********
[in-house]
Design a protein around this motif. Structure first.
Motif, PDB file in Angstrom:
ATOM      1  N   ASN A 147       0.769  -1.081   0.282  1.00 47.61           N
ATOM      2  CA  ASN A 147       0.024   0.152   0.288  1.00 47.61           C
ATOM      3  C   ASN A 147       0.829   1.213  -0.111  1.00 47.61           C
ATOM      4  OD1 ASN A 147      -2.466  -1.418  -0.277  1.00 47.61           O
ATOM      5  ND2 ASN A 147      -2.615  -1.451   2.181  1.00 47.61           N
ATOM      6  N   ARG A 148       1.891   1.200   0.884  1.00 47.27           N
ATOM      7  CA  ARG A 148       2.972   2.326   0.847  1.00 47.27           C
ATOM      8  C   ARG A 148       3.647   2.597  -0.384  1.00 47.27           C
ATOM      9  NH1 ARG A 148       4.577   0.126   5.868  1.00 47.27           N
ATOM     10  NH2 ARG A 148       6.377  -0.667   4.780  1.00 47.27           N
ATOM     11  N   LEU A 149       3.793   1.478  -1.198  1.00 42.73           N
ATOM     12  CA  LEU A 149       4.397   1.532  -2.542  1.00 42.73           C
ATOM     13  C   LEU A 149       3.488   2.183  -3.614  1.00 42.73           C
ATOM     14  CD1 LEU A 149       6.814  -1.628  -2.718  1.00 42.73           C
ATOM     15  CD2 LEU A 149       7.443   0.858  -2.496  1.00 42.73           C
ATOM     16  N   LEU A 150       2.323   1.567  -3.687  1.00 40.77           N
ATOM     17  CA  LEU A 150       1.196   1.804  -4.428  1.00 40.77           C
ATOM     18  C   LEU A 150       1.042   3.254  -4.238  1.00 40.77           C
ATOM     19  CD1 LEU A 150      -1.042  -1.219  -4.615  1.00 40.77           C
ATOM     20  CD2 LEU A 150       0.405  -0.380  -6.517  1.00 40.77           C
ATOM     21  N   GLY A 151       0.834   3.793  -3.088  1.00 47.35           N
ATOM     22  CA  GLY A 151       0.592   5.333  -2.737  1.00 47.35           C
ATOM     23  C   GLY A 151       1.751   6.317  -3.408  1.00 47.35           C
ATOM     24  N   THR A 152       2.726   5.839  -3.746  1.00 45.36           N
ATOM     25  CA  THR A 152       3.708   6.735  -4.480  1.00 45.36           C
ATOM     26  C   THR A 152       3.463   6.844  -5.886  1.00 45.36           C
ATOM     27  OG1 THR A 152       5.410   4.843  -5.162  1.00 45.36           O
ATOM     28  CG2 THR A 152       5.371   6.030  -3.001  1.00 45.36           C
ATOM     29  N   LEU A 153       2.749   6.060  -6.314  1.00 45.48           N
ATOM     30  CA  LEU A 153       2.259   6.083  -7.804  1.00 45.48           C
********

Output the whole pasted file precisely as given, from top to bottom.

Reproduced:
[in-house]
Design a protein around this motif. Structure first.
Motif, PDB file in Angstrom:
ATOM      1  N   ASN A 147       0.769  -1.081   0.282  1.00 47.61           N
ATOM      2  CA  ASN A 147       0.024   0.152   0.288  1.00 47.61           C
ATOM      3  C   ASN A 147       0.829   1.213  -0.111  1.00 47.61           C
ATOM      4  OD1 ASN A 147      -2.466  -1.418  -0.277  1.00 47.61           O
ATOM      5  ND2 ASN A 147      -2.615  -1.451   2.181  1.00 47.61           N
ATOM      6  N   ARG A 148       1.891   1.200   0.884  1.00 47.27           N
ATOM      7  CA  ARG A 148       2.972   2.326   0.847  1.00 47.27           C
ATOM      8  C   ARG A 148       3.647   2.597  -0.384  1.00 47.27           C
ATOM      9  NH1 ARG A 148       4.577   0.126   5.868  1.00 47.27           N
ATOM     10  NH2 ARG A 148       6.377  -0.667   4.780  1.00 47.27           N
ATOM     11  N   LEU A 149       3.793   1.478  -1.198  1.00 42.73           N
ATOM     12  CA  LEU A 149       4.397   1.532  -2.542  1.00 42.73           C
ATOM     13  C   LEU A 149       3.488   2.183  -3.614  1.00 42.73           C
ATOM     14  CD1 LEU A 149       6.814  -1.628  -2.718  1.00 42.73           C
ATOM     15  CD2 LEU A 149       7.443   0.858  -2.496  1.00 42.73           C
ATOM     16  N   LEU A 150       2.323   1.567  -3.687  1.00 40.77           N
ATOM     17  CA  LEU A 150       1.196   1.804  -4.428  1.00 40.77           C
ATOM     18  C   LEU A 150       1.042   3.254  -4.238  1.00 40.77           C
ATOM     19  CD1 LEU A 150      -1.042  -1.219  -4.615  1.00 40.77           C
ATOM     20  CD2 LEU A 150       0.405  -0.380  -6.517  1.00 40.77           C
ATOM     21  N   GLY A 151       0.834   3.793  -3.088  1.00 47.35           N
ATOM     22  CA  GLY A 151       0.592   5.333  -2.737  1.00 47.35           C
ATOM     23  C   GLY A 151       1.751   6.317  -3.408  1.00 47.35           C
ATOM     24  N   THR A 152       2.726   5.839  -3.746  1.00 45.36           N
ATOM     25  CA  THR A 152       3.708   6.735  -4.480  1.00 45.36           C
ATOM     26  C   THR A 152       3.463   6.844  -5.886  1.00 45.36           C
ATOM     27  OG1 THR A 152       5.410   4.843  -5.162  1.00 45.36           O
ATOM     28  CG2 THR A 152       5.371   6.030  -3.001  1.00 45.36           C
ATOM     29  N   LEU A 153       2.749   6.060  -6.314  1.00 45.48           N
ATOM     30  CA  LEU A 153       2.259   6.083  -7.804  1.00 45.48           C